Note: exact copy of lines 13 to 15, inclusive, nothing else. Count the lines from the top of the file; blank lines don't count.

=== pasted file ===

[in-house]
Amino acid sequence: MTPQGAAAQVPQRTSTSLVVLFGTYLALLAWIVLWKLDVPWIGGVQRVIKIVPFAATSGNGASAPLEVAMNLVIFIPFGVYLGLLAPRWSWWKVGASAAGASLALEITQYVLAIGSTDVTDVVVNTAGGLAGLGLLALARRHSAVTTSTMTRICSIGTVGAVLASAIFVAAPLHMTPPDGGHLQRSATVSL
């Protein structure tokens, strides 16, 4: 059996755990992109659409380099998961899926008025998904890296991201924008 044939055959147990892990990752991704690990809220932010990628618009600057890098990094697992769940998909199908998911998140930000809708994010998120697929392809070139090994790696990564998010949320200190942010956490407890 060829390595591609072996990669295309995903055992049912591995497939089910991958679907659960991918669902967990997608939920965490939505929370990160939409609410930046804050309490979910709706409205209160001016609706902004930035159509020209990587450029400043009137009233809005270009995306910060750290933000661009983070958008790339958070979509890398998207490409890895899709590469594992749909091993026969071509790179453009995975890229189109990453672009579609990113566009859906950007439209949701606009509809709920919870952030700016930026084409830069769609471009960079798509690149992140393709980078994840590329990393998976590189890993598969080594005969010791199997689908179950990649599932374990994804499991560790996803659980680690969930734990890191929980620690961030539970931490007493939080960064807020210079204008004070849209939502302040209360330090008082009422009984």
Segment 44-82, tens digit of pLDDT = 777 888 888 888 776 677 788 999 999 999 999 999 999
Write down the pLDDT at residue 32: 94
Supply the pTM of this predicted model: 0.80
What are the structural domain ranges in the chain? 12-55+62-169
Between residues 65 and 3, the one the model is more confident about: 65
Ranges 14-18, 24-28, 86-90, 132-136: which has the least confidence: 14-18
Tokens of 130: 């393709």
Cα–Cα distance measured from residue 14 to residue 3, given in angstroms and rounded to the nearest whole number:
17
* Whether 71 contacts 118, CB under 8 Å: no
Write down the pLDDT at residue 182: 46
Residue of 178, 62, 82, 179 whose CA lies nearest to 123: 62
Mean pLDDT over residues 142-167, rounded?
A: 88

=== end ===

* Whether 71 contacts 118, CB under 8 Å: no
Write down the pLDDT at residue 182: 46
Residue of 178, 62, 82, 179 whose CA lies nearest to 123: 62